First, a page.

This area of Bosnia and Herzegovina was, for centuries, part of a wide and moving frontline between the Austro-Hungarian and Ottoman Empires. Despite the historical shifts, to this day, Muslims, Orthodox Christians, and Catholics are all well-represented in this northwest pocket of Bosnia and Herzegovina. Like with the rest of the country, the borders between the Republika Srpska and the Federation of Bosnia and Herzegovina, don’t mean a whole lot to travelers. All sides will welcome you into their shops, restaurants, and, occasionally, their homes for coffee or homemade brandy. There are no border patrols and passports aren’t needed. The most you’ll notice are signs and the changing of the alphabet from Latin script to Cyrillic.

What tourists should keep in focus here is the fantastic landscape. Rolling hills, emerald rivers, and waterfalls crisscross the Krajina. One could arguably call this the most beautiful section of the country. Certainly it would be fair to say that the Krajina’s greatest tourist attractions all revolve around its natural resources and, in particular, water. Rivers include: the Vrbas, Una, Pliva, Sana, Sanica, and Unac. Those are just a small handful of the pure water sources that flow north into the Sava River. Everywhere you go there are pristine places to hike, raft, bike, kayak, and fish. A fine example of this purity is Una National Park. Established in 2008, it is unencumbered by gaudy hotels. It is just a display of raw nature. When one tires of the great outdoors, Banja Luka and Bihać are relaxed urban centers with plenty of cafés, restaurants, hotels, and cultural happenings. Banja Luka, BiH’s second largest city is the main hub of the northwest and has a thriving nightlife scene, museums and entertainment.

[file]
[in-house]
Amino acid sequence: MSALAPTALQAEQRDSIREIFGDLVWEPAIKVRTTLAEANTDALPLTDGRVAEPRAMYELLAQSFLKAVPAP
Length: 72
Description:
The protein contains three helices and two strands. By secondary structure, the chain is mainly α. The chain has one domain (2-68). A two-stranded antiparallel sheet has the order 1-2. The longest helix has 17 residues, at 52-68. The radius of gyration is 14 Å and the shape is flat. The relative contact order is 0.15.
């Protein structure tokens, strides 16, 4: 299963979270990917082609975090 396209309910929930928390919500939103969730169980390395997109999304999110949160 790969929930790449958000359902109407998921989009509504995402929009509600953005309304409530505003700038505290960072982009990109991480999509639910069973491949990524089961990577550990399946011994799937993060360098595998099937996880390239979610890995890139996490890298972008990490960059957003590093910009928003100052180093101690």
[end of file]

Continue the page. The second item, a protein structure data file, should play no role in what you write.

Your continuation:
The true pull of this region, however, is adventure and nature based activities. So after a stop-over in any of Krajina’s towns or cities, be prepared to grab your boots, lifejacket, climbing ropes, or mountain bike and get lost in nature.

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